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The inflection point for solar energy | David Galipeau | TEDxBrookings : solar energy economics

Abundant Energy

This talk was given at a local TEDx event, produced independently of the TED Conferences. Solar energy has been hailed as the future of energy for decades. Finally, solar energy has reached the inflection point where it not only makes technological sense, but also economic sense.

Dr. David W. Galipeau is the Harold Hohbach Professor of Electrical Engineering and the Coordinator of the Center for Advanced Photovoltaics and Sustainable Energy; and Electrical Engineering MS and Ph.D. graduate programs at South Dakota State University. He was also the program lead for the Alternative Power Technology (APT) Program supported by the Department of Defense. While at SDSU, he has been the PI or Co-PI on over forty funded research projects, including twelve major NSF awards for over M and eight SBIR-STTR awards. He has published over 100 research papers, given numerous presentations, and established a spin off business. He was also Co-founder of the Center for Advanced Photovoltaics and Sustainable Energy.

About TEDx, x = independently organized event In the spirit of ideas worth spreading, TEDx is a program of local, self-organized events that bring people together to share a TED-like experience. At a TEDx event, TEDTalks video and live speakers combine to spark deep discussion and connection in a small group. These local, self-organized events are branded TEDx, where x = independently organized TED event. The TED Conference provides general guidance for the TEDx program, but individual TEDx events are self-organized.* (*Subject to certain rules and regulations)

The inflection point for solar energy | David Galipeau | TEDxBrookings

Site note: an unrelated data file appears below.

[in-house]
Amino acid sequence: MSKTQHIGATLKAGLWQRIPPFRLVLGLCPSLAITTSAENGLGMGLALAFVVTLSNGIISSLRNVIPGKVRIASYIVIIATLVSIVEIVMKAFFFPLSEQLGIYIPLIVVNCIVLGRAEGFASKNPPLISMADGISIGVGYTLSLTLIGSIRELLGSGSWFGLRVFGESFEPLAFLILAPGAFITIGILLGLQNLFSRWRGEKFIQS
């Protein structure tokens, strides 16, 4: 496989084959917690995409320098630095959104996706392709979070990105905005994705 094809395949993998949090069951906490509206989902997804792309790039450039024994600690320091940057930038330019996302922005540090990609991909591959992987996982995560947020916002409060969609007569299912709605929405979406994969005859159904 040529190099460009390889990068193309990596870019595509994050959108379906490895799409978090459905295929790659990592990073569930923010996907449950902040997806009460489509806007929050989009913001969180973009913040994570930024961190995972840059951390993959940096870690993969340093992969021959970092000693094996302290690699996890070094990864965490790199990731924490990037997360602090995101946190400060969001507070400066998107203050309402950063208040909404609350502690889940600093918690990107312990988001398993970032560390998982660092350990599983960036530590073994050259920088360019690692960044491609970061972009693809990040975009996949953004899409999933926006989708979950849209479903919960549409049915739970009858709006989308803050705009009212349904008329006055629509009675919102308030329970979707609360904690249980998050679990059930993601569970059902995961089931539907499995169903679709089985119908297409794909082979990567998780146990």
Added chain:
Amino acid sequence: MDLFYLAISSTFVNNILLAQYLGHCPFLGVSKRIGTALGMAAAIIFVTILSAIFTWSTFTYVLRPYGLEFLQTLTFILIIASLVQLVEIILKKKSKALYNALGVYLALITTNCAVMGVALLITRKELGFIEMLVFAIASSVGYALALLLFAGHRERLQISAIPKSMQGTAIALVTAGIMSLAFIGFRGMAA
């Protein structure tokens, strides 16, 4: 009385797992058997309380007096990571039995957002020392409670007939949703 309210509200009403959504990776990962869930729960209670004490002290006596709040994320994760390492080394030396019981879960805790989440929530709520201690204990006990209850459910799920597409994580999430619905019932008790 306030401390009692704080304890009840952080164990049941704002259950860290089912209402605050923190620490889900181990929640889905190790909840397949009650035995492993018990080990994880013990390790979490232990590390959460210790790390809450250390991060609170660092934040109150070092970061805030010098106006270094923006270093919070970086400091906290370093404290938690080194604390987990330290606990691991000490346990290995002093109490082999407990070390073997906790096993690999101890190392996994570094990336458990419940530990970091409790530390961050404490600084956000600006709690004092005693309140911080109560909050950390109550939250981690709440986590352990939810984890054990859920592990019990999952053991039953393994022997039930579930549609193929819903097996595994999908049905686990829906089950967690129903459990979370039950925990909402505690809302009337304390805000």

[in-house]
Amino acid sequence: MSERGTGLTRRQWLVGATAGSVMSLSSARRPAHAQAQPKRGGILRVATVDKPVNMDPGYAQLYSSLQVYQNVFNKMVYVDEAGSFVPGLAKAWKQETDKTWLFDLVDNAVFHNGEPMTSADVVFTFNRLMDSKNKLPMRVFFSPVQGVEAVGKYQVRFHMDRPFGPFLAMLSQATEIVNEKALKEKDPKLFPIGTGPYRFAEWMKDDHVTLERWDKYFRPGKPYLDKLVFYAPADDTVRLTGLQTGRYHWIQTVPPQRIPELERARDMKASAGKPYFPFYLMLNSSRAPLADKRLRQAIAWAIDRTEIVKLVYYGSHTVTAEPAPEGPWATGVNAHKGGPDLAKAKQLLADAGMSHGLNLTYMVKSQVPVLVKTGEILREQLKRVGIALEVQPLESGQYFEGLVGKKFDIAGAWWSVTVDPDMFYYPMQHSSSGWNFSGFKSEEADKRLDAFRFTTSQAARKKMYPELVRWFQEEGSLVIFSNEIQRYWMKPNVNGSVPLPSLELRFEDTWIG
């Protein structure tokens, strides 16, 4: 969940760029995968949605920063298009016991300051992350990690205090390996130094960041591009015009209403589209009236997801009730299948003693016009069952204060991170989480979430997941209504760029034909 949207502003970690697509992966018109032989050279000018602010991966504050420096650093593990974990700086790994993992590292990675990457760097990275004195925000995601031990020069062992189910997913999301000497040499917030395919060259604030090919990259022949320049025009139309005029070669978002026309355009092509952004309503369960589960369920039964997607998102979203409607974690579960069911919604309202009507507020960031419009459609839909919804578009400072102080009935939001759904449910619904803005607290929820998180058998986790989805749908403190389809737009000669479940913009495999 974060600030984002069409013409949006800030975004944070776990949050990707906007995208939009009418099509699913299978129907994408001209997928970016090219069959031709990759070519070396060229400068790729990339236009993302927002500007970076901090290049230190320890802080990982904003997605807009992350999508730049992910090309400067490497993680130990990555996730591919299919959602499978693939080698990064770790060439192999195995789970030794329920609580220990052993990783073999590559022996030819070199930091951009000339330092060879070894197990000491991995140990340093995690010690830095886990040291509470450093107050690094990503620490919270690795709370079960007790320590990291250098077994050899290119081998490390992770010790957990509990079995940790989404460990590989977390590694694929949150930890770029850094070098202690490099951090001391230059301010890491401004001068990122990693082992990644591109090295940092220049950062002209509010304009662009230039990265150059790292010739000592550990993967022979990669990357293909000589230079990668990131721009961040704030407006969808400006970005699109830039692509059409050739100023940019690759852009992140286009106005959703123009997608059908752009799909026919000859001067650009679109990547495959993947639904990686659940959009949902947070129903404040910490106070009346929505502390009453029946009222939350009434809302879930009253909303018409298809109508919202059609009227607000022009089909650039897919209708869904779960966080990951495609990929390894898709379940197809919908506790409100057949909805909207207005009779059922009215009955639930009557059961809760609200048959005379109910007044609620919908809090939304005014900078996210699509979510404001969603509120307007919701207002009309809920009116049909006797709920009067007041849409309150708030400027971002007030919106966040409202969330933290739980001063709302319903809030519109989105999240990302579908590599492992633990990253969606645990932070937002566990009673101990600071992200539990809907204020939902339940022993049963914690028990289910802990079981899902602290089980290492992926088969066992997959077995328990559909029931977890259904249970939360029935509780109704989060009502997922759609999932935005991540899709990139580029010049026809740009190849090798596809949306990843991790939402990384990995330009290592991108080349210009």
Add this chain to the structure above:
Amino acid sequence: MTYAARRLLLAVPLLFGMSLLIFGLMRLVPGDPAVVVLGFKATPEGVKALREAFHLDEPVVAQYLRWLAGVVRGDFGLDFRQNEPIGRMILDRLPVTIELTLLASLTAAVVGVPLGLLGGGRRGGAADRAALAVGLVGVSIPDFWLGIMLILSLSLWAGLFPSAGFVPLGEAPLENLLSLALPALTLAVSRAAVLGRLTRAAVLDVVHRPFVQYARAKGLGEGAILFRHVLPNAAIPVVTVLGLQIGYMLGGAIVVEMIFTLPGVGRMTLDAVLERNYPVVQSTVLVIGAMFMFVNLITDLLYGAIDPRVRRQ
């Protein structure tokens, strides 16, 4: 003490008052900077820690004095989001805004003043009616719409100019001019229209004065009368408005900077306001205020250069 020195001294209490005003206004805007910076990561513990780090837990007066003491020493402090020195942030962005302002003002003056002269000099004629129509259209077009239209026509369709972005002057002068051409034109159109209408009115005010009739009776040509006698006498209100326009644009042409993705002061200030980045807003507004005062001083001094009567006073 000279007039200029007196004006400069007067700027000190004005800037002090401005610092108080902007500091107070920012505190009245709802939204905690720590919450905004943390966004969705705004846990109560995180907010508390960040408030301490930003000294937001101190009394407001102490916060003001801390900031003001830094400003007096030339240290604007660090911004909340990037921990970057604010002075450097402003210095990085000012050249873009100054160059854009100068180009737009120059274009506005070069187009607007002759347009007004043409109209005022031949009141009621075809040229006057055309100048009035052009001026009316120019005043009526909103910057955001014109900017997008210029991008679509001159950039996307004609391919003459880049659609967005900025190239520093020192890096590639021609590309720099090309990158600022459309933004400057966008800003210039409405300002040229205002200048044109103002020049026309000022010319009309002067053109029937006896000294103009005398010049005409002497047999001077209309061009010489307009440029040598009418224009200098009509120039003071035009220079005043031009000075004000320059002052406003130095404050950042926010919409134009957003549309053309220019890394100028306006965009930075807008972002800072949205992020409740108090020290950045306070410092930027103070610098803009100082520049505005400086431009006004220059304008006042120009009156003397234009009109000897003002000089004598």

solar energy economics

13 comments

  1. if you want to know how to make some of your DIY kinds of stuff yourself, just go to an Avasva website. There you'll find your answers 🙂

  2. Nice movie. However you should take instructions from Avasva website if you want to learn how to make it easily.

  3. I wonder why this gentleman has not told us that today China is the world leader in solar power ?

  4. 1 You need to stop saying 'actually'. It makes you sound retarded.

    2 The problem is fossil fuel is TOO CHEAP.
    If we price in the damage to environment, solar is much cheaper.
    2017-07-20 0:08:21.85 GMT +7

  5. A lot of businesses and universities are going solar just for the economic benefits. Money will drive the conversion to solar.

  6. Oh and on a cost comparison, make sure all illness and deaths from fuel production are included. How many deaths have been caused by solar?
    Also how many spills and catastrophes has solar caused compared to fossil fuels?

  7. If you put all fossil fuel electricity producer together, how much land would that cover, oh and include all the refineries and mines, hmmm I wonder.

  8. Thorium Molten Salt Reactors and Nuclear fusion need help from innovator like David Galipeau.

    Solar Energy has limitations:

    Dilute : need large area * Seasonal variations – Need fossil power backup * Intermittent on hourly basis – need battery/pumped hydro backup * Location specific

  9. don't forget, a 600MW capacity of thermal power plant by gas/coal, etc, is not the same as a 600MW solar PV plant, the 600MW coal plan can produce literally that amount of power anytime, but not the case for solar, so, even with storage, based on different locations and sunshine, to reach the same capacity as a 600MW typical coal plant, you may need a solar PV plant of at least 2X, or 3X and even more, already taken storage into account.

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